- Development of a Novel Hemostatic Material as a Rapid First Aid Solution – BIRAC-SRISTI
- Development of Affordable IoT Based Soil Health Monitoring System for the Increased Crop Production – SSPS
Chandrasekhar K, Professor at the Centre, obtained his Ph.D. from VTU and researches in the domain of signal processing & communication. He has contributed in building various new knowledge base to the domain on subjects like auto-correlation matrix implementation in LabVIEW™, and Monte Carlo simulation and its importance in data analysis using LabVIEW™. In his previous assignment he headed the M.Tech.program in DSP & RF Communication streams at the Centre for Emerging Technologies. Prior to that, he was Head of the Department of Telecommunication Engineering at KSIT, Bangalore, and was instrumental in building up the department, and the facilities, ground up. He has been in the academic field for 28 years. He is a Reviewer for the International Journal of Communication Systems.He was an invited session chair for national conference and is a member of the LIC committee, VTU. He is a life member of ISTE, FIE, and IEEE .He has many publications in journals and has presented at various conferences and workshops. His extracurricular activities include table tennis, cricket, football and swimming.
Uma Ullas holds a Ph.D. in Electronics from the University of Mysore. She is currently an Associate Professor at the Centre, Earlier, she was a courtesy Associate Professor at the Department of Electrical and Computer Engineering at Florida International University, Miami, USA, between January 2017 and February 2018. She has over 23 years of academic, research and consultancy experience. Her core areas of work include nanomaterials-based coatings, nanomaterial-based sensors, nanomaterial-based conductive inks, with special interest in biomedical devices.
Uma is actively engaged with industry for various nanomaterial-based activities. She is a research consultant for Indeutsch Industries Pvt. Ltd., AGI resources Ltd., SJS Enterprises Pvt. Ltd. She has published several papers and has written book chapters in international and national journals. She is a member of the Board of Studies and the Board of Examiners of various institutions. She has also authored a book on electronics for students pursuing Bachelor’s degree at Bangalore University.
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Deepak Ingale has a Master’s in VLSI and Embedded Systems. He has over 12 years of academic experience and two years of industrial experience with Wipro Technologies. He has worked as an Assistant Professor at the Centre for Emerging Technologies and had been involved in setting up a DSP Laboratory, where he actively taught M.Tech.students. He has designed and delivered value added programs on PCB Designing using KiCad, LABVIEW and built embedded systems for hobby using ARDUINO.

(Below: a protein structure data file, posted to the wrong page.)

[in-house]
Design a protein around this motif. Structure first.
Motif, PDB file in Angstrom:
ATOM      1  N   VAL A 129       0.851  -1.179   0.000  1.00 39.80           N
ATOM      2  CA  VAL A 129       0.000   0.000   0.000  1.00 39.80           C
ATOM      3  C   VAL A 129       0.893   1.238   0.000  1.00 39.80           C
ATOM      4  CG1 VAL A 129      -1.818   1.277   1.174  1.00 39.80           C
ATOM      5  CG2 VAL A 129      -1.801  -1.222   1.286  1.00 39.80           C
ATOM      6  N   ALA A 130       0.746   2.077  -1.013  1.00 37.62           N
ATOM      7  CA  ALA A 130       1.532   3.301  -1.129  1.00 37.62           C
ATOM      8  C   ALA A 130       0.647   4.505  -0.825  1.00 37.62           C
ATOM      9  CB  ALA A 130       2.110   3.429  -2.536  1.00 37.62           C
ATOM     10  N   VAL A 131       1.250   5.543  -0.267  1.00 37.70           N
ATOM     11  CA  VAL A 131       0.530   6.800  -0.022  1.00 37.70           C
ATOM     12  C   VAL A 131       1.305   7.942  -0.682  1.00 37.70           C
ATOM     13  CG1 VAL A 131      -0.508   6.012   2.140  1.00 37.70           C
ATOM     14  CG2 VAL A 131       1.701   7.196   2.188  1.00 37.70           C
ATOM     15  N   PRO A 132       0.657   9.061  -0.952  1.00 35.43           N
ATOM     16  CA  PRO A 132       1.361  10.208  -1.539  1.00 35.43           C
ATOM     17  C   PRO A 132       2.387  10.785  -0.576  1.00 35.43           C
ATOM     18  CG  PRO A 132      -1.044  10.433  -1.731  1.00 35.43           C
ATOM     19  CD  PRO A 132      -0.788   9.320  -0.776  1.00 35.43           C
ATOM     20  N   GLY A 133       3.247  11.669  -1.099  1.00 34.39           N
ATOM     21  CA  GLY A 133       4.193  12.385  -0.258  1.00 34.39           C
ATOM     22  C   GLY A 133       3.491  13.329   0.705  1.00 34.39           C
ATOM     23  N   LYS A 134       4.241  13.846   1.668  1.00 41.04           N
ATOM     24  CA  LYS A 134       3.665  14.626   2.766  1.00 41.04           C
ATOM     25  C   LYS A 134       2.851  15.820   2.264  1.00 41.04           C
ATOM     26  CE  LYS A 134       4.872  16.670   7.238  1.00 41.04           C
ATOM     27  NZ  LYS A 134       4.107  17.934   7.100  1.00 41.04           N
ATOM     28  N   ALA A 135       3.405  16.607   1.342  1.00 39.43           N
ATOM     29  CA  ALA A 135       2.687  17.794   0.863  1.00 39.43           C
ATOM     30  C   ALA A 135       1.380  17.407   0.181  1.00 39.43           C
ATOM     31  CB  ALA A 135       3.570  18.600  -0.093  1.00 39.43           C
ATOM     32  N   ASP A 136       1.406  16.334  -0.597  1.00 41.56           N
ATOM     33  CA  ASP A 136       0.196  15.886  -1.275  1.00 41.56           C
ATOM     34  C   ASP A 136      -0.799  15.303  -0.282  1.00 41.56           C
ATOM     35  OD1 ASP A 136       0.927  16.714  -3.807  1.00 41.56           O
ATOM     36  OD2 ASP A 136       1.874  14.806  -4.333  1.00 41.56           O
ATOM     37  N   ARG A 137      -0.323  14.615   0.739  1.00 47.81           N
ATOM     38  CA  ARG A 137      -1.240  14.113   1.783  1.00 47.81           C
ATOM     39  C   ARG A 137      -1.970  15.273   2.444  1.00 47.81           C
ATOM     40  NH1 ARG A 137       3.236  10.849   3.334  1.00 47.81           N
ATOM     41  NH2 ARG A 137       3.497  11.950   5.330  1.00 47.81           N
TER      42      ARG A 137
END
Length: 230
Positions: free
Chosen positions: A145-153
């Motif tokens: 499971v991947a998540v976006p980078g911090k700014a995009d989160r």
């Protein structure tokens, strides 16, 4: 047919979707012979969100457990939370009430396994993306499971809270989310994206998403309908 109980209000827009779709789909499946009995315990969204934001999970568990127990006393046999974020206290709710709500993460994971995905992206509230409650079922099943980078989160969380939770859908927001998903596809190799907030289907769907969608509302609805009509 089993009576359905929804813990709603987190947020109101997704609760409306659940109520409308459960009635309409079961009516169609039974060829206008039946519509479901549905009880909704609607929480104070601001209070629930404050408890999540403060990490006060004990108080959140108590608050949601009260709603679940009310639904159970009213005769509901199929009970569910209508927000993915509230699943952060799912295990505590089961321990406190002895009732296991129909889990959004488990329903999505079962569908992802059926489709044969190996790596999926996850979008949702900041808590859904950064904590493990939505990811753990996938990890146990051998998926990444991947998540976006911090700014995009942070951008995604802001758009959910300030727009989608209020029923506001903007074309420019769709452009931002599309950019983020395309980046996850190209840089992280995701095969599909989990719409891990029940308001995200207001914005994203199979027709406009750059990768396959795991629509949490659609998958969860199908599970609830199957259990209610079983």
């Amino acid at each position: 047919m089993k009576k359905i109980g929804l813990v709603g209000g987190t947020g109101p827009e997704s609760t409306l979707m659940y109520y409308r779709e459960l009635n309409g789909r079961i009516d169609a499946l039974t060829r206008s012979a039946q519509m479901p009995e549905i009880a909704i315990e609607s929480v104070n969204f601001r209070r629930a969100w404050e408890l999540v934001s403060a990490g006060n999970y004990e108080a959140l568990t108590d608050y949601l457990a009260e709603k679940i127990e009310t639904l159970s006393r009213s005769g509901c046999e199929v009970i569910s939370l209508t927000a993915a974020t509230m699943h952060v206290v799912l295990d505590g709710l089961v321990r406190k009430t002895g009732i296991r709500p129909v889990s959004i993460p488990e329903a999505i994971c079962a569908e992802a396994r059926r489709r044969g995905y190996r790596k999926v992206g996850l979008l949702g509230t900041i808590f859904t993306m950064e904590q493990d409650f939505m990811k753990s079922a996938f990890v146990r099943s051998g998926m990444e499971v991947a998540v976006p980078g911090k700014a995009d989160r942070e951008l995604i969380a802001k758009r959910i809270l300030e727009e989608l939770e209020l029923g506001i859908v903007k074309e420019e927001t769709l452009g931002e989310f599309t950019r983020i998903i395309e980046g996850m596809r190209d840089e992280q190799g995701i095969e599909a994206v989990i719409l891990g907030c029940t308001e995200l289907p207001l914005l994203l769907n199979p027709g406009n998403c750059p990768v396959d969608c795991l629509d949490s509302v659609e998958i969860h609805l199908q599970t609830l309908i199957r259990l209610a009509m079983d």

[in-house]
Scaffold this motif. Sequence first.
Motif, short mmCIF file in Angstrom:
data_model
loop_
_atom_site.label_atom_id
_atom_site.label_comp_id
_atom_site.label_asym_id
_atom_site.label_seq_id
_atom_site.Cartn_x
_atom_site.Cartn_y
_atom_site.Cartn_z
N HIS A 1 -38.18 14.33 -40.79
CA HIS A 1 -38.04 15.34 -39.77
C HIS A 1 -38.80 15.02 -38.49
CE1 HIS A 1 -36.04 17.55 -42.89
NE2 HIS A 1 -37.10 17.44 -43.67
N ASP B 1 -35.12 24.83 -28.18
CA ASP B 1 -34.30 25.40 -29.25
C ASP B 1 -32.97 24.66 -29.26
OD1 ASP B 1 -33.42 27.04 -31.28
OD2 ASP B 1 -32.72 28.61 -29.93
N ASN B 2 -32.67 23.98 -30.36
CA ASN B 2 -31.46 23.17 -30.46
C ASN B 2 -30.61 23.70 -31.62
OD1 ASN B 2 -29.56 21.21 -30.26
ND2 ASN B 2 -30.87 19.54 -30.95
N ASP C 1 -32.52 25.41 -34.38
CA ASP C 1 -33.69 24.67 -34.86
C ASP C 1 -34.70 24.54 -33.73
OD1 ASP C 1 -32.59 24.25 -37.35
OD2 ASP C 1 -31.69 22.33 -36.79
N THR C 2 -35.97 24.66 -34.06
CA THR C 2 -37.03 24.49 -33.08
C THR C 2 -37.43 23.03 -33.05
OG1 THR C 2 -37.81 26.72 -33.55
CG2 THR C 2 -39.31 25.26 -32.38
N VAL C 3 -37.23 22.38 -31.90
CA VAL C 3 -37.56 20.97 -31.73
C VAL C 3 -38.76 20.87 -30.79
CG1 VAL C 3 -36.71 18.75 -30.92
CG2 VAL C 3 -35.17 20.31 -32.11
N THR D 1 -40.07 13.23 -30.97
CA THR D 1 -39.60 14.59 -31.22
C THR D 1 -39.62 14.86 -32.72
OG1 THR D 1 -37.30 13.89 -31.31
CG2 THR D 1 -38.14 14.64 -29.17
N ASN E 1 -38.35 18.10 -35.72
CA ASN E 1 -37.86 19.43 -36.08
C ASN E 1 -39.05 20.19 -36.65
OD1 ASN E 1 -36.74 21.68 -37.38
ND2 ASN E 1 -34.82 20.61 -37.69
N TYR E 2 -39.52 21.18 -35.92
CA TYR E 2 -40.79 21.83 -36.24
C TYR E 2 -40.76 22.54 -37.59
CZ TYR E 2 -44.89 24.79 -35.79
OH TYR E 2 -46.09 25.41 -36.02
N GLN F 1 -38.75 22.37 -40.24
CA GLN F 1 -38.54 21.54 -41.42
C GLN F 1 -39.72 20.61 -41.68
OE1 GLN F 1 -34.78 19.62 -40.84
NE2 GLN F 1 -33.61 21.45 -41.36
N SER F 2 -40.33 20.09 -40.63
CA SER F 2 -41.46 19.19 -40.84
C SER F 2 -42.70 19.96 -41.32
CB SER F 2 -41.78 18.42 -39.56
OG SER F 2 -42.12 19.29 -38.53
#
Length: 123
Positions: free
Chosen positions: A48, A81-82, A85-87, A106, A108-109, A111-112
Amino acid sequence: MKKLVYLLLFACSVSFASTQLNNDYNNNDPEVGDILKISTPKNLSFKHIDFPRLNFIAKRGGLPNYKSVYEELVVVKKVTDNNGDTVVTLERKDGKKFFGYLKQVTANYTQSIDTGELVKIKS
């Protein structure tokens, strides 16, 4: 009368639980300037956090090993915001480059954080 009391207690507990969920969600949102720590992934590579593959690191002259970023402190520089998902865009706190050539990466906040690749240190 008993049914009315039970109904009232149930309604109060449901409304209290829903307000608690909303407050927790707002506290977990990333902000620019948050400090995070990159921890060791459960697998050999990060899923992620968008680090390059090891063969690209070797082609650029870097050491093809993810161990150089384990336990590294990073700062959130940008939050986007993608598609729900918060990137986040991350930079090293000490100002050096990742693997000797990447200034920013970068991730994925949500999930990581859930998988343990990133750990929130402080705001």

He was involved in designing the electronics part of the nano-biosensor for ammonia detection and used in micro air vehicles for a project funded by NP-MICAV (DST-DRDO). He is a mentor for Atal Tinkering labs,student innovator program, under Atal Innovation Mission, where he guides and helps students from various schools across the country to take their innovative ideas to the prototype stage, and finally to product level. He and his team also provide consultancy services to start-up companies by implementing hardware and software solutions for IoT platforms and also helps them in resolving technical issues. He has published several papers in various national and international journals and is working as an Assistant Professor at the Centre.
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Keshava Gowtham, currently working as a Research Engineer, B.E. in Information Science and M.Tech.in Computer Networks from VTU, and has an overall work experience of about eight years. He has worked on Micro Air vehicles Systems peripheral interfacing, comprising of various MEMS sensors and ARM-based microcontrollers. His areas of interest includes embedded devices programming, IoT and Android app development. He has extensively worked on developing the prototype for the juvenile arthritis machine developed in the lab and completed a number of IoT related in-house projects. He is a mentor for Atal Tinkering labs, a student innovator program under Attal Innovation Mission, where he has guided and helped students from various schools across the country to take their innovative ideas to the prototype stage, and finally to product level.He and his team also provide consultancy services to start- up companies by implementing hardware and software solutions for IoT platforms and also helps them in resolving technical issues.
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Kashma is currently working as a research scientist, developing biosensors for resource-limited settings. She has been awarded a fellowship from the Department of Science and Technology under the women scientist scheme to support her work on pathogen detection using biosensors. She has entrepreneurial experience, being part of a start-up and has attended numerous workshops including a bootcamp conducted by IIMB. Her core background is in Electrical Engineering with a Ph.D. specializing in Electro-Optics from Drexel University, USA. Her dissertation work focused on designing and fabricating thin films, for remote sensing applications. This was a NASA funded project and resulted in a patent. Her multidisciplinary background includes electrical engineering, optics, material science and biotechnology.